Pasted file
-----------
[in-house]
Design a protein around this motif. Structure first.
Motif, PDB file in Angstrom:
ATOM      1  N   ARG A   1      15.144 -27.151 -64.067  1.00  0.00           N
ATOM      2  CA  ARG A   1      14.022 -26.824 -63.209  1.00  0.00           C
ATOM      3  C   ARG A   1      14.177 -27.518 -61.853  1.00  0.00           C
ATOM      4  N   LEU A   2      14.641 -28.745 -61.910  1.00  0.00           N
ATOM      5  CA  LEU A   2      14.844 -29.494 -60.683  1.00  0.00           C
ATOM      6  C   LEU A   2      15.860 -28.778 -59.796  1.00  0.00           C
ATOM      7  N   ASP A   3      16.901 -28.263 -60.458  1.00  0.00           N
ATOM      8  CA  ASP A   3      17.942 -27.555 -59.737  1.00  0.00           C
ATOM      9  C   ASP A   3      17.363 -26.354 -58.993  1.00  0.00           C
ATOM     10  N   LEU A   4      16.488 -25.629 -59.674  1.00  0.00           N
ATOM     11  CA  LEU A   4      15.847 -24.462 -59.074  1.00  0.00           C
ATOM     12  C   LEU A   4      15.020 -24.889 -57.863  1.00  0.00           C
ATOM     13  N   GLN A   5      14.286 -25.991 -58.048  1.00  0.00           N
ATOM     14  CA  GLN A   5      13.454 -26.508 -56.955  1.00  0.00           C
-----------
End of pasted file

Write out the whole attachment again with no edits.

[in-house]
Design a protein around this motif. Structure first.
Motif, PDB file in Angstrom:
ATOM      1  N   ARG A   1      15.144 -27.151 -64.067  1.00  0.00           N
ATOM      2  CA  ARG A   1      14.022 -26.824 -63.209  1.00  0.00           C
ATOM      3  C   ARG A   1      14.177 -27.518 -61.853  1.00  0.00           C
ATOM      4  N   LEU A   2      14.641 -28.745 -61.910  1.00  0.00           N
ATOM      5  CA  LEU A   2      14.844 -29.494 -60.683  1.00  0.00           C
ATOM      6  C   LEU A   2      15.860 -28.778 -59.796  1.00  0.00           C
ATOM      7  N   ASP A   3      16.901 -28.263 -60.458  1.00  0.00           N
ATOM      8  CA  ASP A   3      17.942 -27.555 -59.737  1.00  0.00           C
ATOM      9  C   ASP A   3      17.363 -26.354 -58.993  1.00  0.00           C
ATOM     10  N   LEU A   4      16.488 -25.629 -59.674  1.00  0.00           N
ATOM     11  CA  LEU A   4      15.847 -24.462 -59.074  1.00  0.00           C
ATOM     12  C   LEU A   4      15.020 -24.889 -57.863  1.00  0.00           C
ATOM     13  N   GLN A   5      14.286 -25.991 -58.048  1.00  0.00           N
ATOM     14  CA  GLN A   5      13.454 -26.508 -56.955  1.00  0.00           C